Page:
While some people may have been making their way through the madness of malls, we participated in buy nothing day and marked the occasion with a mini-crochet lesson with the Zurys.  Zury, a fellow graduate student in Gender & Women’s Studies, has a sibling in town for the holidays whose name also shortens to Zury.  The Zurys had never crocheted before, and in the short amount of time they were here they were able to make a coaster and a crochet mustache (hopefully to be used the next time they perform drag).

The lesson went smoothly; it was nice to be able to teach one-on-one.  The one remarkable thing that we learned in terms of pedagogy is that it’s better to have learners turnaround sooner rather than later.  What eventually became a mustache started as a really, really long chain.  Visiting Zury was doing a great job, so we started doing other things.  By the time we thought to mention to turn around, I could tell that it seemed like a LOT of stitches to go over again.  Our Zury, on the other hand, started with only ten stitches and ended up making a nice square coaster.

We’re glad that both Zorys left with something useful, though, and hopefully they’ll be back again soon to learn about yarn bombing.  See them master the single stitch in the photos below.

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During the past couple weeks, we have been collecting and scouting out used t-shirts to turn into material to crochet.  People are certainly curious about the many piles of t-shirts that we’ve been accumulating and what we plan to do with them. You might ask, Why go through all the trouble when yarn is so readily available? Certainly our efforts follow in the spirit of other anti-capitalist do-it-yourself practices, but we are also re-purposing the t-shirts because our project will take place where yarn isn’t so readily available.  In my experience in Haiti, you can find pretty much anything you need but in small quantities and usually at exorbitant prices.  That is, except used clothing.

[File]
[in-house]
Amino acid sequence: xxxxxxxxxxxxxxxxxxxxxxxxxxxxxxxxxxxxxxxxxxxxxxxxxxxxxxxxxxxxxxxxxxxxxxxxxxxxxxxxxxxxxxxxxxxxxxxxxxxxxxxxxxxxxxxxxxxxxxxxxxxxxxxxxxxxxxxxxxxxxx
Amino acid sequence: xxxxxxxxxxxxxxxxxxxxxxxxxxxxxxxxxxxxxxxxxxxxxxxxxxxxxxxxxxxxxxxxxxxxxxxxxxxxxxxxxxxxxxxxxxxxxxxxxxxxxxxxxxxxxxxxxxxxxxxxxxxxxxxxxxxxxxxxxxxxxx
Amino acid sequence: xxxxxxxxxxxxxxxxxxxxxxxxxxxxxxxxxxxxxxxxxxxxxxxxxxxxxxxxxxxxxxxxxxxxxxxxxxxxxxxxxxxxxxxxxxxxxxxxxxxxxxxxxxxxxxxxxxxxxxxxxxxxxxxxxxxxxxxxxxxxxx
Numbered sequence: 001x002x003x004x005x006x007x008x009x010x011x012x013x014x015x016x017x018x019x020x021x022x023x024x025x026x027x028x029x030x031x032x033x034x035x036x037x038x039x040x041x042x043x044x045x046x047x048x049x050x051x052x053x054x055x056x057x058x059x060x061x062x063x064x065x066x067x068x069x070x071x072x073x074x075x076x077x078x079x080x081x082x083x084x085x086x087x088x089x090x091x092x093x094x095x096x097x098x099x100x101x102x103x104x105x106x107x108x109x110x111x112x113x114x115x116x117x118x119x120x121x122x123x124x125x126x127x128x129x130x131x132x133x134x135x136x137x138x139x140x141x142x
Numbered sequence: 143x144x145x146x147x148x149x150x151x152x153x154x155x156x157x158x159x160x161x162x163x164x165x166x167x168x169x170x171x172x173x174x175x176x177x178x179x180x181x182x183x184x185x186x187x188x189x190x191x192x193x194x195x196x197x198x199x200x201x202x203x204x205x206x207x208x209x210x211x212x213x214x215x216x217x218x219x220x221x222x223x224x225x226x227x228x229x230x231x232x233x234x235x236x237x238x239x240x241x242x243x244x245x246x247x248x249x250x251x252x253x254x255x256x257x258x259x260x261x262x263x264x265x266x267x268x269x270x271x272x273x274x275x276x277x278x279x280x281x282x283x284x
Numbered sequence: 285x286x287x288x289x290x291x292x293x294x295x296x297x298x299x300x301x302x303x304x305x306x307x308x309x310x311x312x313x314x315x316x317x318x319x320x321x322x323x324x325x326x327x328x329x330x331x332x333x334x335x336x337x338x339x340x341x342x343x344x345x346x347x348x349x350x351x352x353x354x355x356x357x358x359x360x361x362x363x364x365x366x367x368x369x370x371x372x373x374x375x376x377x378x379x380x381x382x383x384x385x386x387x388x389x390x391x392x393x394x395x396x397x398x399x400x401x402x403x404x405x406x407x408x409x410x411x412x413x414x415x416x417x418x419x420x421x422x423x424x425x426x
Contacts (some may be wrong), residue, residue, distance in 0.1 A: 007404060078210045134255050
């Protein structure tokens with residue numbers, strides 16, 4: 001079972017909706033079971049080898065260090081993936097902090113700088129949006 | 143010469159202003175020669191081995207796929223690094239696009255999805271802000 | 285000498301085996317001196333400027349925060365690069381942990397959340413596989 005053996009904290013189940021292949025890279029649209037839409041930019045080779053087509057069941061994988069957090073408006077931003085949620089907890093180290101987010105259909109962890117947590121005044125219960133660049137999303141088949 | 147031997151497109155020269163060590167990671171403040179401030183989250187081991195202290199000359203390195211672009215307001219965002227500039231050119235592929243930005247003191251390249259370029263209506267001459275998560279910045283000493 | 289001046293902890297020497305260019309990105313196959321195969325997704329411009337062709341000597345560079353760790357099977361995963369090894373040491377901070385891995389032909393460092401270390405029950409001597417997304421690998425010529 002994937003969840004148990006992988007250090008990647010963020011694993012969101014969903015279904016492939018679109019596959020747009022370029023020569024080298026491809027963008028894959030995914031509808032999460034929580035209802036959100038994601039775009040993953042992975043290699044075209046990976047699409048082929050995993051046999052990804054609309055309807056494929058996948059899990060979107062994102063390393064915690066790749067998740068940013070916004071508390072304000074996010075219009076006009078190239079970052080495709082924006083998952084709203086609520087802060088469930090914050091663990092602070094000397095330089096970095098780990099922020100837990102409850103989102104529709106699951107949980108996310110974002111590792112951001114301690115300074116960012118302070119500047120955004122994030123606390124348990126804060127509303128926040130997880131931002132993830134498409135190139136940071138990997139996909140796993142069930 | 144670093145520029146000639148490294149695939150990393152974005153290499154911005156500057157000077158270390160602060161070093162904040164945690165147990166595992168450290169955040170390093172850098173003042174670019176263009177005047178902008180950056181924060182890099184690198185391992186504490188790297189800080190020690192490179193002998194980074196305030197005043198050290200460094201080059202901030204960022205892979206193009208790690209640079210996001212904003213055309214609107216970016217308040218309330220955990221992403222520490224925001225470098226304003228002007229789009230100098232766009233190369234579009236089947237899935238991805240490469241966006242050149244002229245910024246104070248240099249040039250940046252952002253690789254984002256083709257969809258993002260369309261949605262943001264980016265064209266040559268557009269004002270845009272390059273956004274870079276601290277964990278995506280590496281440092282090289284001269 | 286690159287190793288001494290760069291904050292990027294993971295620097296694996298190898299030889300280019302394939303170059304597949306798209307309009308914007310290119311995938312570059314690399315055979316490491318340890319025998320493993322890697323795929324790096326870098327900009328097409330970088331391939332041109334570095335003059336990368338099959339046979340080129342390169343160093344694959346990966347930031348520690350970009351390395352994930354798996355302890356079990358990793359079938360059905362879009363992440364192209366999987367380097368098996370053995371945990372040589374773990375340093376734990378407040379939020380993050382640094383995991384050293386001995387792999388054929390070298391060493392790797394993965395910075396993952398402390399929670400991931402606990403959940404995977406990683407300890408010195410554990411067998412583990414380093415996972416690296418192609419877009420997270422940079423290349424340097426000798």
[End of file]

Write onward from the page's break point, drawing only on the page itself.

Billions of pounds of used clothing (often called pepe or kenedi) is shipped each year from the United States to Haiti and sold by street vendors.  (For an introduction to pepe, check out the film Secondhand (Pepe) or The Afterlife of American Clothes, although the article requires critical reading since its supporting a free market perspective.) I cannot tell you how many people I have seen in Old Navy t-shirts with United States flags, and I have one particularly vivid memory of a woman I passed in Jakmèl with a shirt that said “Hell yeah, I am a redneck woman!”  Many people have offered critiques of pepe: demolishing the market of Haitian-made clothing, importing clothes that are totally inappropriate for living in Haiti or that need major re-purposing to work, supporting the idea that Haiti is only worthy of secondhand items, and imperialistically infusing Haiti with more referents to United States culture.  The artists of the Gran Rue offer an excellent critique of pepe in their work, which you can read about on the Atiz Rezistans website or watch in Leah Gordon’s film. At the inaugural Ghetto Biennale, Frau Fiber collaborated with folks in Port-au-Prince to ingeniously repurpose pepe, and you can read about their ongoing project on the Made in Haiti website. Kwochè Ayiti draws on these critiques of pepe and will incorporate repurposed t-shirts into our project in Port-au-Prince as both way to do sustainable crochet in Haiti and as a statement against United States imperialism.

This technique is new for me and Shannon, but he found a very helpful instructional video on YouTube.  We have had a couple t-shirt yarn making sessions where we turned piles of materials into ready-to-crochet yarn with the help of our friends.  Now we have lots of yarn balls like the ones that Flo McGarrell used in his work.